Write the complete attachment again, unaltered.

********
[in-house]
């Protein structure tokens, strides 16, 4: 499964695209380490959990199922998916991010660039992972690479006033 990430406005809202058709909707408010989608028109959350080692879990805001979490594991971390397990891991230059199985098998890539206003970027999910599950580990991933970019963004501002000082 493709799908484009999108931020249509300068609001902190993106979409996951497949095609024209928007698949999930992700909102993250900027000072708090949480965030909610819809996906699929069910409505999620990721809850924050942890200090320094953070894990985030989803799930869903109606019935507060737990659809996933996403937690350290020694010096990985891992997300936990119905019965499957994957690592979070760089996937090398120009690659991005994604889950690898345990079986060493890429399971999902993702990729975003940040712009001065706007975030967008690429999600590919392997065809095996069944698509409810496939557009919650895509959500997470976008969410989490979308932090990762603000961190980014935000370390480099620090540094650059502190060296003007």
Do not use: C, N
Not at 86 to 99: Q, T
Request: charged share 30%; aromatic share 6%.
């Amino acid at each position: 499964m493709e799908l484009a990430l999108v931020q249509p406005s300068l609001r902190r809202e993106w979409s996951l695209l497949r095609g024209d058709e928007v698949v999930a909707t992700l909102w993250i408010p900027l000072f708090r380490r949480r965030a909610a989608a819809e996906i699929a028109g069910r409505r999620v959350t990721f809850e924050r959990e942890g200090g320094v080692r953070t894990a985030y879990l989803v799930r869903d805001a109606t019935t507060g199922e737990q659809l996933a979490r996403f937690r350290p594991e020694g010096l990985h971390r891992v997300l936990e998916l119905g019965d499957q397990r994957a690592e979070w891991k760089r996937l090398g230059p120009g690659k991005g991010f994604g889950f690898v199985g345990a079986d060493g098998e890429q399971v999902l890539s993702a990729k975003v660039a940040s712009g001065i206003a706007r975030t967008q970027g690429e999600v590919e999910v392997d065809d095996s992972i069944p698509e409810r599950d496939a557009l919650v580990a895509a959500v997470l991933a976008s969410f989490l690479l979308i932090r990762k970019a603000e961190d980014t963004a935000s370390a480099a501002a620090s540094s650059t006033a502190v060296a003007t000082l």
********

[in-house]
């Protein structure tokens, strides 16, 4: 499964695209380490959990199922998916991010660039992972690479006033 990430406005809202058709909707408010989608028109959350080692879990805001979490594991971390397990891991230059199985098998890539206003970027999910599950580990991933970019963004501002000082 493709799908484009999108931020249509300068609001902190993106979409996951497949095609024209928007698949999930992700909102993250900027000072708090949480965030909610819809996906699929069910409505999620990721809850924050942890200090320094953070894990985030989803799930869903109606019935507060737990659809996933996403937690350290020694010096990985891992997300936990119905019965499957994957690592979070760089996937090398120009690659991005994604889950690898345990079986060493890429399971999902993702990729975003940040712009001065706007975030967008690429999600590919392997065809095996069944698509409810496939557009919650895509959500997470976008969410989490979308932090990762603000961190980014935000370390480099620090540094650059502190060296003007």
Do not use: C, N
Not at 86 to 99: Q, T
Request: charged share 30%; aromatic share 6%.
């Amino acid at each position: 499964m493709e799908l484009a990430l999108v931020q249509p406005s300068l609001r902190r809202e993106w979409s996951l695209l497949r095609g024209d058709e928007v698949v999930a909707t992700l909102w993250i408010p900027l000072f708090r380490r949480r965030a909610a989608a819809e996906i699929a028109g069910r409505r999620v959350t990721f809850e924050r959990e942890g200090g320094v080692r953070t894990a985030y879990l989803v799930r869903d805001a109606t019935t507060g199922e737990q659809l996933a979490r996403f937690r350290p594991e020694g010096l990985h971390r891992v997300l936990e998916l119905g019965d499957q397990r994957a690592e979070w891991k760089r996937l090398g230059p120009g690659k991005g991010f994604g889950f690898v199985g345990a079986d060493g098998e890429q399971v999902l890539s993702a990729k975003v660039a940040s712009g001065i206003a706007r975030t967008q970027g690429e999600v590919e999910v392997d065809d095996s992972i069944p698509e409810r599950d496939a557009l919650v580990a895509a959500v997470l991933a976008s969410f989490l690479l979308i932090r990762k970019a603000e961190d980014t963004a935000s370390a480099a501002a620090s540094s650059t006033a502190v060296a003007t000082l």